What are the different types of hernias?
hernias occur in the groin, which is the area between your abdomen and
thigh. As the most common type of hernia in adults, inguinal hernias are
most common with men although they can also occur in women. With an inguinal
hernia, the contents of the abdomen - namely the intestine - protrude
through a weakness or tear in the abdominal wall muscle creating a visible
bulge and sometimes pain. Pain caused by an inguinal hernia can be a
constant, daily pain or may be sporadic, occurring once in a while. Inguinal
hernias can also be
bilateral, occurring on both sides of the abdomen instead of a single
Umbilical hernias occur in or around the naval, or umbilicus.
This type of hernia may be due to
congenital factors. Umbilical hernias may also result from sudden or
repeated strain or stress on the abdominal muscles. In adults, as with any
hernia, an umbilical hernia will not heal and go away but rather grows
larger with time and often becomes problematic in that
strangulation can occur. With infants, however, an umbilical hernia
may slowly close, delaying surgery until age 3 or
4 unless the hernia causes problems before then.
Incisional hernias can occur in the abdomen in the area of any prior
surgical incision or scar. Hernias of this type are often accompanied by a
swelling or bulge near the area of the prior incision, typically along
straight incisional scars running down from the breastbone to the pubic
area. Incisional hernias can be a result of 1) tension placed on the tissue
from the prior surgical procedure, 2) disruption in the general area of
suturing to the abdominal wall or 3) inadequate healing, which can be
due to obesity, metabolic diseases, infection or poor nutrition. Since
suturing (tension) can be the cause of some incisional hernias, it is highly
advised that incisional hernias be repaired with the
Tension Free Mesh technique to avoid future
recurrence. Pain may be an early warning sign of an incisional hernia,
as there may not be any initial presence of a bulge, though this type of
hernia can develop soon after the original surgery or at any time
hernias are almost exactly the same as
hernias. The femoral hernia occurs when abdominal contents are forced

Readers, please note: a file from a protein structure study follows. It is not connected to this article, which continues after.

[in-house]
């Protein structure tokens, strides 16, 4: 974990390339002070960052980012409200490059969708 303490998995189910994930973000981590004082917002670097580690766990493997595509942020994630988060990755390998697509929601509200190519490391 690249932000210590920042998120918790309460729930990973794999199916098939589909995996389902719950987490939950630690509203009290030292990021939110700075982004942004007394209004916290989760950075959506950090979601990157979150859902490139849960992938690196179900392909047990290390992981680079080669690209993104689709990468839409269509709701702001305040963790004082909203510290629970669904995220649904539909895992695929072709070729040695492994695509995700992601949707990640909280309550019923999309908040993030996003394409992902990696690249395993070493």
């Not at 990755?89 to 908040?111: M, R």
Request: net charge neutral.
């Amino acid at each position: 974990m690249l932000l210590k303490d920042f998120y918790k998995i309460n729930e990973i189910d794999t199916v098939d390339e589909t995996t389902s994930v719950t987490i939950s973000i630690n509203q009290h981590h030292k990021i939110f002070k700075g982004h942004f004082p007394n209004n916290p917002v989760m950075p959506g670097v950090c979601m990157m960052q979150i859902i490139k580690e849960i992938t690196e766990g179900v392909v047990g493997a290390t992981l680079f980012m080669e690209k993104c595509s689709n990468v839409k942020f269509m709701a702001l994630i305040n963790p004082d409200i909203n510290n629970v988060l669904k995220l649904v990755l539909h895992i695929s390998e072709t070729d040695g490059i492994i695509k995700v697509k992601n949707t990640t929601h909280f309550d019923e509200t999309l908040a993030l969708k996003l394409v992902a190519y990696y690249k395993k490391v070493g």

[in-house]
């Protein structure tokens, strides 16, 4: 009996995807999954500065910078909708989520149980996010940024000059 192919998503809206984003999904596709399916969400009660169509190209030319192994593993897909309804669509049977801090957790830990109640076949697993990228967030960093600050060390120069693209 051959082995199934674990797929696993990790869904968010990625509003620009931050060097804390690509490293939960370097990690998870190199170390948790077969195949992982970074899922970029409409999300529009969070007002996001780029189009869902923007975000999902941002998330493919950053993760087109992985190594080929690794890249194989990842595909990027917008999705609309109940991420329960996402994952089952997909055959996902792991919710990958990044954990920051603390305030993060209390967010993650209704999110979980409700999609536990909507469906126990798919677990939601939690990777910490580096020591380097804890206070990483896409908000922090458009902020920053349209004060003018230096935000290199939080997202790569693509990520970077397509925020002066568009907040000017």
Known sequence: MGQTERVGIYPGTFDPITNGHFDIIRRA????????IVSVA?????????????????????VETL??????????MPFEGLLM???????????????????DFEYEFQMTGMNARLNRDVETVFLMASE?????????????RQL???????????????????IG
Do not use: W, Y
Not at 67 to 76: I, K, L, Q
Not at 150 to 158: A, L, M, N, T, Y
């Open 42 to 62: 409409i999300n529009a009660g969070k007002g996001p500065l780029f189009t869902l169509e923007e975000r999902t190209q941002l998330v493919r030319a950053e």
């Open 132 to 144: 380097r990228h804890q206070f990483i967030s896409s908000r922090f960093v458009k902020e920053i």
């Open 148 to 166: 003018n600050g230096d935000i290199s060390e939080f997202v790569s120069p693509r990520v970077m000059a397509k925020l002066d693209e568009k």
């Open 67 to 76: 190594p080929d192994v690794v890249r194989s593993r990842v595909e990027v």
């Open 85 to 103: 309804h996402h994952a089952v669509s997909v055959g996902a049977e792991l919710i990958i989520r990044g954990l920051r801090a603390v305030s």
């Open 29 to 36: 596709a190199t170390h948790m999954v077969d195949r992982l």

through the "femoral canal". Typically, this type of hernia forms near the
crease of leg in the abdominal region, but in an area relatively lower than
the more common inguinal hernia. Females tend to have a slightly larger
femoral canal because of the angle and shape of the pelvis, which is why
they are more prone to these types of hernias as opposed to men, who tend to
have slightly larger
inguinal canals making them more susceptible to the
hernia. The two types of hernias are often too difficult to tell apart
in diagnosis, which is why a
is often required to confirm diagnosis. Femoral hernias are more likely to
strangulated because of their location, which is why repair is strongly
advised upon diagnosis of this type of hernia.
Epigastric hernias occur between the lower part of the breastbone and
the naval and is caused by a weakness or opening in the
fibrous tissue of the abdomen. This type of hernia usually consists of
fatty tissue and rarely contains intestinal tissue. Although generally small
in size (no bigger than a golf ball), epigastric hernias can easily become
pinched in their small area, sometimes causing a great deal of pain.
Will my hernia go away?
Although a hernia may not worsen for months or even years, an
untreated hernia WILL NOT get better on its own. Hernias
reducible, are not generally an urgent danger to your health, though
they can be painful. A
non-reducible hernia can become life-threatening if any part of
the intestine becomes trapped or
strangulated in the opening or weakness and then requires emergency
What about complex hernias?
Tension Free Mesh technique is successful at repairing large,
recurrent and complex hernias, although some of these types of hernias